As a preschool teacher for many years, I am always asked what kind of preschool program I recommend.
My short answer: “It depends.”
The program in itself should not be the deciding factor. You have the child’s interests to consider, as well as the ability of the teachers to implement the program.
I was fortunate to participate in an intensive preschool teaching conference by Bing Institute, the preschool laboratory program of Stanford University in California.
For five days they showed through classroom observations and experiential activities, how the five basic simple materials– sand, clay, water, blocks, and paint when used consistently, could teach and engage young children.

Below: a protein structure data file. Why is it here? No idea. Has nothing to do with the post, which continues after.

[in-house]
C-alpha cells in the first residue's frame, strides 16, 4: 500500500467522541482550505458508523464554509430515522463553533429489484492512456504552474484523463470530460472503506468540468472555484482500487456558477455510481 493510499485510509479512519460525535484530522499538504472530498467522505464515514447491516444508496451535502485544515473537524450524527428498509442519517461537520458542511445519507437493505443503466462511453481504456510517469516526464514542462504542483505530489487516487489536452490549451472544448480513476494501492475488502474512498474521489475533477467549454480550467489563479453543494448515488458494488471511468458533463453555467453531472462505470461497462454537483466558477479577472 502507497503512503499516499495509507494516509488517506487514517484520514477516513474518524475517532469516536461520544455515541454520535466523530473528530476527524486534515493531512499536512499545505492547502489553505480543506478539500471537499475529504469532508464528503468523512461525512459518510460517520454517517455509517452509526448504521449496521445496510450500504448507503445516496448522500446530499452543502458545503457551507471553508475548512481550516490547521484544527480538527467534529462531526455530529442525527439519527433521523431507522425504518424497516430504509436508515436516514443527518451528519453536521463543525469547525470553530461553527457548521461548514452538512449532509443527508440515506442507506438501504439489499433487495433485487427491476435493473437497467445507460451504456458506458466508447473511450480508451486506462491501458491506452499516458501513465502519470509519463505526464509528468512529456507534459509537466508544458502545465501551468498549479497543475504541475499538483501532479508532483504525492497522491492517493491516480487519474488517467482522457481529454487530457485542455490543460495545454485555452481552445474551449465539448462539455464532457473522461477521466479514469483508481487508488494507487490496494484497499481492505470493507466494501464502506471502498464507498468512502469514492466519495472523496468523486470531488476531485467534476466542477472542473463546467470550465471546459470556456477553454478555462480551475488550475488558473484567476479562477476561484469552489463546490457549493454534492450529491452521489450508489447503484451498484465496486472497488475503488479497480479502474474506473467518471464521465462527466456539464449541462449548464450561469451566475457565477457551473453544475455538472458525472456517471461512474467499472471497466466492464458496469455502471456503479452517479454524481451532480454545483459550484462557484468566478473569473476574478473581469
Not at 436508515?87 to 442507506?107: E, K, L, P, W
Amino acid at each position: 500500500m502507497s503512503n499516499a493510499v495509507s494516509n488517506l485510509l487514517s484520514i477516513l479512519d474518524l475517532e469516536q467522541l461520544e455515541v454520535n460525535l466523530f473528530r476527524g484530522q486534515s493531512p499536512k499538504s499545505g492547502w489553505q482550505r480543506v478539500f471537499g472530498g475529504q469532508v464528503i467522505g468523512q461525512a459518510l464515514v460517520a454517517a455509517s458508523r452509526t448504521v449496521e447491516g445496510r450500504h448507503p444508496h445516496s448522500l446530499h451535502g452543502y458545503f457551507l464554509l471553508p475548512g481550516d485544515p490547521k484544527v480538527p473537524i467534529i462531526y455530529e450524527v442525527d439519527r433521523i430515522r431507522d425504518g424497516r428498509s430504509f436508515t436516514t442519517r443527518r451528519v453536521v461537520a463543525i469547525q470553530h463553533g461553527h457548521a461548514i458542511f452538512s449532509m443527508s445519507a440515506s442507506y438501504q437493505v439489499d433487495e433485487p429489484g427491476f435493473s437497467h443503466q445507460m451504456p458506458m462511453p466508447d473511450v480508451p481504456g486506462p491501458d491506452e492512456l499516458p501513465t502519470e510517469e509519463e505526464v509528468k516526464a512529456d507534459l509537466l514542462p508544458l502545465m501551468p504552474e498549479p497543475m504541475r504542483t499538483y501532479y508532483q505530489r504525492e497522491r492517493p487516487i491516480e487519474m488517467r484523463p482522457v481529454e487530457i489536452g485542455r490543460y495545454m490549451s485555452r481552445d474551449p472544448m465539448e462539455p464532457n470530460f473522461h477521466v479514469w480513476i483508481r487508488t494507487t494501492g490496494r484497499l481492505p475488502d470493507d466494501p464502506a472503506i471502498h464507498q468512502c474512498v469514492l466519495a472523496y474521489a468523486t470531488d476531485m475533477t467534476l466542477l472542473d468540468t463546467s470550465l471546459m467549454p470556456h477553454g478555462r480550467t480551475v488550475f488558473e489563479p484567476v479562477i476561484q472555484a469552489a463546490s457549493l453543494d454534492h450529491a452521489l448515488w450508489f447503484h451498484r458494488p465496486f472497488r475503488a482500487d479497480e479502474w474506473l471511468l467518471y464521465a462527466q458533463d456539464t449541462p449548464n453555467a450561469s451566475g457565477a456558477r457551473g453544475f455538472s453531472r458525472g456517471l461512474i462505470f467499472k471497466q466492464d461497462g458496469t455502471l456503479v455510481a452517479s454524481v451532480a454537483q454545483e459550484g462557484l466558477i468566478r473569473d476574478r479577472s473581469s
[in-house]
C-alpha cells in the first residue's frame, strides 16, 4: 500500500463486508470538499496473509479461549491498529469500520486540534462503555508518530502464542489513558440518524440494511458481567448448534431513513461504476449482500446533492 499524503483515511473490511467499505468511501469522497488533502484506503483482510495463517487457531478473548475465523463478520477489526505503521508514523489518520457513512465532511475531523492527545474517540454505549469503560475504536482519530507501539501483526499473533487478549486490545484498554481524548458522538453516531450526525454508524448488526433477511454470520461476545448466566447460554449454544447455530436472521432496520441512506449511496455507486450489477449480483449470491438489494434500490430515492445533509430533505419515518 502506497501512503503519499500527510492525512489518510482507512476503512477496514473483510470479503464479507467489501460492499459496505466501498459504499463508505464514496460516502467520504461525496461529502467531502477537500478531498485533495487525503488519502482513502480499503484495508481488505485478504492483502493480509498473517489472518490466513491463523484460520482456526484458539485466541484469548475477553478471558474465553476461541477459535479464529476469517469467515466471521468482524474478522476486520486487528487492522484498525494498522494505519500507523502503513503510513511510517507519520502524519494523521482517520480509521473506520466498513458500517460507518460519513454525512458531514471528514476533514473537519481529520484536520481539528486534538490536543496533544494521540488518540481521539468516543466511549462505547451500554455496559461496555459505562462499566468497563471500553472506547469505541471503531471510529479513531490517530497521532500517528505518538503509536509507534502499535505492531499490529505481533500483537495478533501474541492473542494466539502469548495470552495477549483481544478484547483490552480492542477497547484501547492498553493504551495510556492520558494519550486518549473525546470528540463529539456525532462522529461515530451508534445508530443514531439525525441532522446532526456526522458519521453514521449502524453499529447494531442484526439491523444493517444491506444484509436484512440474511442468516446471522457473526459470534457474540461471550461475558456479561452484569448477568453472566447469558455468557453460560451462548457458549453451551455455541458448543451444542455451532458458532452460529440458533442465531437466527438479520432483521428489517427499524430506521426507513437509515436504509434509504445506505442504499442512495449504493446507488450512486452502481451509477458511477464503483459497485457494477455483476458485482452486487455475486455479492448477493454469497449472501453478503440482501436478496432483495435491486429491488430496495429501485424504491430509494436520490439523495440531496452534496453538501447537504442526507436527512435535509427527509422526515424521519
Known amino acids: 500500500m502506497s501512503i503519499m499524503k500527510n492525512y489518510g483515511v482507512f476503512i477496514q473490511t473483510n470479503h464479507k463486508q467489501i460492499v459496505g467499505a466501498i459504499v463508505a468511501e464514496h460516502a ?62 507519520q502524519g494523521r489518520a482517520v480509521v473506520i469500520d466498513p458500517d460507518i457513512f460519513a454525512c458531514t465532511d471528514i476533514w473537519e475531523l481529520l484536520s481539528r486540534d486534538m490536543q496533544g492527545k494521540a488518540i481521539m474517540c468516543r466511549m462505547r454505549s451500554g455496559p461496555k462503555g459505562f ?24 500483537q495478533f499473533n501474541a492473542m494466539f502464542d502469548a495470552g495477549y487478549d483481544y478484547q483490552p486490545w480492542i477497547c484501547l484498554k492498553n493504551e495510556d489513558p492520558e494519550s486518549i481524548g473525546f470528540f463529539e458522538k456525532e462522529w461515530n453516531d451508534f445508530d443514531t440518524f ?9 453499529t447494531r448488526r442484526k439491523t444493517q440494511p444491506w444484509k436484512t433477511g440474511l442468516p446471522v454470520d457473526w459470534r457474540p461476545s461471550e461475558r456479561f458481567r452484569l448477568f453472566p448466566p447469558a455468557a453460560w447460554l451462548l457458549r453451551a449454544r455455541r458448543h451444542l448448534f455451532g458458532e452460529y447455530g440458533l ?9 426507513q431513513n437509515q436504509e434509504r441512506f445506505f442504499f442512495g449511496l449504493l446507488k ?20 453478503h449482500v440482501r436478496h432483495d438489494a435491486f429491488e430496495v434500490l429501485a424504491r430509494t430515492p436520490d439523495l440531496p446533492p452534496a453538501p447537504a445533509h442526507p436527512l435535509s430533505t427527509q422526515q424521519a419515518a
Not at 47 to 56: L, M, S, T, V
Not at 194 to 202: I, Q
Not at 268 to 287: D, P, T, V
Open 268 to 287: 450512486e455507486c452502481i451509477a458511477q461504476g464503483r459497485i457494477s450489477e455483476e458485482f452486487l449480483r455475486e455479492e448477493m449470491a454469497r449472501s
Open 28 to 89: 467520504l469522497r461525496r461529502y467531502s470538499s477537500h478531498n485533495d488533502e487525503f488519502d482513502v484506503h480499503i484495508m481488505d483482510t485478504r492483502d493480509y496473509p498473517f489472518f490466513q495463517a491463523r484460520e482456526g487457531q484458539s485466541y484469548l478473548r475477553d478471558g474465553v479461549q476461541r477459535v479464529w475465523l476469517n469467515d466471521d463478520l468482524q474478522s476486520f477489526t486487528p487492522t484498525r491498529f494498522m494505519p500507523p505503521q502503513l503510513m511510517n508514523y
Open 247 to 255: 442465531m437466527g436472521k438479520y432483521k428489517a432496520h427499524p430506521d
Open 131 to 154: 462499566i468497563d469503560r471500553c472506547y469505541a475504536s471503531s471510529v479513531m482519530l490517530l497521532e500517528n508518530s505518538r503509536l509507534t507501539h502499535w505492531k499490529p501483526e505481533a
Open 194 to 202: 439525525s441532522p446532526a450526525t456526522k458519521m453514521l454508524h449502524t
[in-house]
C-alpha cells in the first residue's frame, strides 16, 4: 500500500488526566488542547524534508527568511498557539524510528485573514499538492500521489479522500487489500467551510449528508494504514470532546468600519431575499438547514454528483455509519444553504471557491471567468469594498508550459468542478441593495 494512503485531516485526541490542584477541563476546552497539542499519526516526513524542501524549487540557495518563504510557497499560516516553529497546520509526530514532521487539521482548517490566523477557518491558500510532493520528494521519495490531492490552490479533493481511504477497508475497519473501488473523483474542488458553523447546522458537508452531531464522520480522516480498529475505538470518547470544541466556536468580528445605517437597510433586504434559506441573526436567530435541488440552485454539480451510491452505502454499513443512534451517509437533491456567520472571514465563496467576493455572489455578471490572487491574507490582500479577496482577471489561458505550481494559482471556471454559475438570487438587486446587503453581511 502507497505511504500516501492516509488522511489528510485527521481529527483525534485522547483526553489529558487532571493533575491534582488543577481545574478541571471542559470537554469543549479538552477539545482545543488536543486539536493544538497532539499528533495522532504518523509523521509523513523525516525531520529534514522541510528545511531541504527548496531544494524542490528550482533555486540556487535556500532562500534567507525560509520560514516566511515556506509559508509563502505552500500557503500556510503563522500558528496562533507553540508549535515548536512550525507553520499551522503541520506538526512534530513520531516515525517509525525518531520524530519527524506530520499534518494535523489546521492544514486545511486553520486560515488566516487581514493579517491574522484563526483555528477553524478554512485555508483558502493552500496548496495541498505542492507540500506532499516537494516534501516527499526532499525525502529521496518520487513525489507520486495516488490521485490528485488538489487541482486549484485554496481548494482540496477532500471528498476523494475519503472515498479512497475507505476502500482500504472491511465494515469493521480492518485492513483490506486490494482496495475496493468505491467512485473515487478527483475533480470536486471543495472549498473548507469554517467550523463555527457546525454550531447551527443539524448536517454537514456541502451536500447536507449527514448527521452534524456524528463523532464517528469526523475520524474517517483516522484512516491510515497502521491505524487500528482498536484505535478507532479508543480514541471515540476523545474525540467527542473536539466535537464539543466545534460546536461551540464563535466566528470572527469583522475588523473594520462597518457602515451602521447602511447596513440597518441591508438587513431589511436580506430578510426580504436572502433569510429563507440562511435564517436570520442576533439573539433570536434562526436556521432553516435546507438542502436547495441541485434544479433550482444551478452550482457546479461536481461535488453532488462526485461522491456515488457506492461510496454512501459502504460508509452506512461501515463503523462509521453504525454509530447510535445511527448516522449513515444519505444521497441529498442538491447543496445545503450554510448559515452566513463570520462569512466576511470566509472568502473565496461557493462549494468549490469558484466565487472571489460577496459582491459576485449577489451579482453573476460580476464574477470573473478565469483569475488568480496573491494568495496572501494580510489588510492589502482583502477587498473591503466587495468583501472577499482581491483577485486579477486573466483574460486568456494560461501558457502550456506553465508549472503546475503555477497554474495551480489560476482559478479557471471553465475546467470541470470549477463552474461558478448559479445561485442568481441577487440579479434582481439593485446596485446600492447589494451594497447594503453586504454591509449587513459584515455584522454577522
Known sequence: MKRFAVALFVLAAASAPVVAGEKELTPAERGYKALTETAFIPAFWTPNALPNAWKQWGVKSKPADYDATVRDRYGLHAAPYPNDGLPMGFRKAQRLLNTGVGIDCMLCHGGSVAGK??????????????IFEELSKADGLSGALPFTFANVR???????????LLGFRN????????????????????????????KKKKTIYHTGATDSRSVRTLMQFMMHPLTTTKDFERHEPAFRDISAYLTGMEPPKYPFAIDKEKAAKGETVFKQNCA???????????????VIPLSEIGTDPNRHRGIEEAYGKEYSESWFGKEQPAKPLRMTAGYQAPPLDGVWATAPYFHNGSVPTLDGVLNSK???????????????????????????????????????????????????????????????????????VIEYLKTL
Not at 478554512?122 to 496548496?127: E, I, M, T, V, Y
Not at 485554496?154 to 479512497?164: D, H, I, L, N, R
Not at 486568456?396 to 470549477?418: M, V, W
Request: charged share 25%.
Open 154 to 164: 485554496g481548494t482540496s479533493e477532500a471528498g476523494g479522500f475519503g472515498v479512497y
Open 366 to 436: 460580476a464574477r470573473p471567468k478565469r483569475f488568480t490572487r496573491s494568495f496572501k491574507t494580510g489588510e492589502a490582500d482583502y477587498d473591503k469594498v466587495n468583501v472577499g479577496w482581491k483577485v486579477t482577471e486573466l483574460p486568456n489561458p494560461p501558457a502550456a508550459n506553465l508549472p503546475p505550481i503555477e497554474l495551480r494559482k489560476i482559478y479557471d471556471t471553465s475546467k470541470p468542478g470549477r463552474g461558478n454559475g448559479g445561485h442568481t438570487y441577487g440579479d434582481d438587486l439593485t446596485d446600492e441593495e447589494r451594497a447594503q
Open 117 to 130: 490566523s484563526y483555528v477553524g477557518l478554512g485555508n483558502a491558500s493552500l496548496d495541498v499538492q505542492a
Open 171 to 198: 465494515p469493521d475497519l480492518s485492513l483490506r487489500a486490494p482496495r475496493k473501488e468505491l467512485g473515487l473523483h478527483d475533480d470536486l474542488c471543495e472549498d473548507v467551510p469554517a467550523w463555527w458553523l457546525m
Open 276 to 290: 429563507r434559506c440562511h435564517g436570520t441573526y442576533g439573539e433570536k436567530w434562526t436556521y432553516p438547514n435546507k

It was impressive how the organizers were able to tie up the use of the basic materials to the cognitive, social, emotional, and physical domains of learning.
On the last day of the conference, as the facilitators were trying to summarize 40 hours of hands on experience and presentations, the participants were asked to share what they learned.
As I was contemplating my answer to share with my peers, I had an epiphany!
- The materials are not as important as the teachers who use them. The children become successful in making connections to the real world because of the teachers.
- The teacher’s skill to facilitate learning and growth in the classroom is crucial.
Smart boards and computers are important and some say, even necessary, to stay competitive in the preschool market.
But I say, a good teacher with simple materials will always trump incompetent teachers with computers.
(Follow up blog entry: What makes a good preschool?)